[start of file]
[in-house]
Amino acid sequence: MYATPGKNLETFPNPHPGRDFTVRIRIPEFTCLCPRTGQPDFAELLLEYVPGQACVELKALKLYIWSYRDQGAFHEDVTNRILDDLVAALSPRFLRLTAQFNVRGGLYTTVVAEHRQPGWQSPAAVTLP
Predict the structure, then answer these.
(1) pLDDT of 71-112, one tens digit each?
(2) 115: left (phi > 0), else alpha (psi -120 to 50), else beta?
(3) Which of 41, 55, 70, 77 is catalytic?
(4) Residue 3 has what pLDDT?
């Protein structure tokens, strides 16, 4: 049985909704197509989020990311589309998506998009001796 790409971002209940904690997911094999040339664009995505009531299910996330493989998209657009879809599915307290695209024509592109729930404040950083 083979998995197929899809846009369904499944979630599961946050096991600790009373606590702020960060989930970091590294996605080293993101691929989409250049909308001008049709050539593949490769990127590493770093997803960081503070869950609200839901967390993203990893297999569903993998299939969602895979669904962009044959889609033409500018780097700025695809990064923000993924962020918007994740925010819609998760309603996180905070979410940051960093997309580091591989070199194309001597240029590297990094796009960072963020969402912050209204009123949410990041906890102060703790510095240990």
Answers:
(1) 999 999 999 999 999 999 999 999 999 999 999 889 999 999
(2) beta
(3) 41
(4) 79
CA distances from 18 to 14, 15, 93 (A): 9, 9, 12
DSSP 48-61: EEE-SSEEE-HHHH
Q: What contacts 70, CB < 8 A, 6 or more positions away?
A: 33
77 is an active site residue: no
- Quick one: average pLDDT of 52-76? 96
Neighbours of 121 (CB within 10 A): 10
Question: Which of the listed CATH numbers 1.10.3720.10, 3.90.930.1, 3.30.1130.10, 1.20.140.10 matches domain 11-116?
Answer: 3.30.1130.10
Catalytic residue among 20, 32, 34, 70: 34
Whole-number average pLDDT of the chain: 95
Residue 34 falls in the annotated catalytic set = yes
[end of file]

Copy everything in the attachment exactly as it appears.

[in-house]
Amino acid sequence: MYATPGKNLETFPNPHPGRDFTVRIRIPEFTCLCPRTGQPDFAELLLEYVPGQACVELKALKLYIWSYRDQGAFHEDVTNRILDDLVAALSPRFLRLTAQFNVRGGLYTTVVAEHRQPGWQSPAAVTLP
Predict the structure, then answer these.
(1) pLDDT of 71-112, one tens digit each?
(2) 115: left (phi > 0), else alpha (psi -120 to 50), else beta?
(3) Which of 41, 55, 70, 77 is catalytic?
(4) Residue 3 has what pLDDT?
């Protein structure tokens, strides 16, 4: 049985909704197509989020990311589309998506998009001796 790409971002209940904690997911094999040339664009995505009531299910996330493989998209657009879809599915307290695209024509592109729930404040950083 083979998995197929899809846009369904499944979630599961946050096991600790009373606590702020960060989930970091590294996605080293993101691929989409250049909308001008049709050539593949490769990127590493770093997803960081503070869950609200839901967390993203990893297999569903993998299939969602895979669904962009044959889609033409500018780097700025695809990064923000993924962020918007994740925010819609998760309603996180905070979410940051960093997309580091591989070199194309001597240029590297990094796009960072963020969402912050209204009123949410990041906890102060703790510095240990």
Answers:
(1) 999 999 999 999 999 999 999 999 999 999 999 889 999 999
(2) beta
(3) 41
(4) 79
CA distances from 18 to 14, 15, 93 (A): 9, 9, 12
DSSP 48-61: EEE-SSEEE-HHHH
Q: What contacts 70, CB < 8 A, 6 or more positions away?
A: 33
77 is an active site residue: no
- Quick one: average pLDDT of 52-76? 96
Neighbours of 121 (CB within 10 A): 10
Question: Which of the listed CATH numbers 1.10.3720.10, 3.90.930.1, 3.30.1130.10, 1.20.140.10 matches domain 11-116?
Answer: 3.30.1130.10
Catalytic residue among 20, 32, 34, 70: 34
Whole-number average pLDDT of the chain: 95
Residue 34 falls in the annotated catalytic set = yes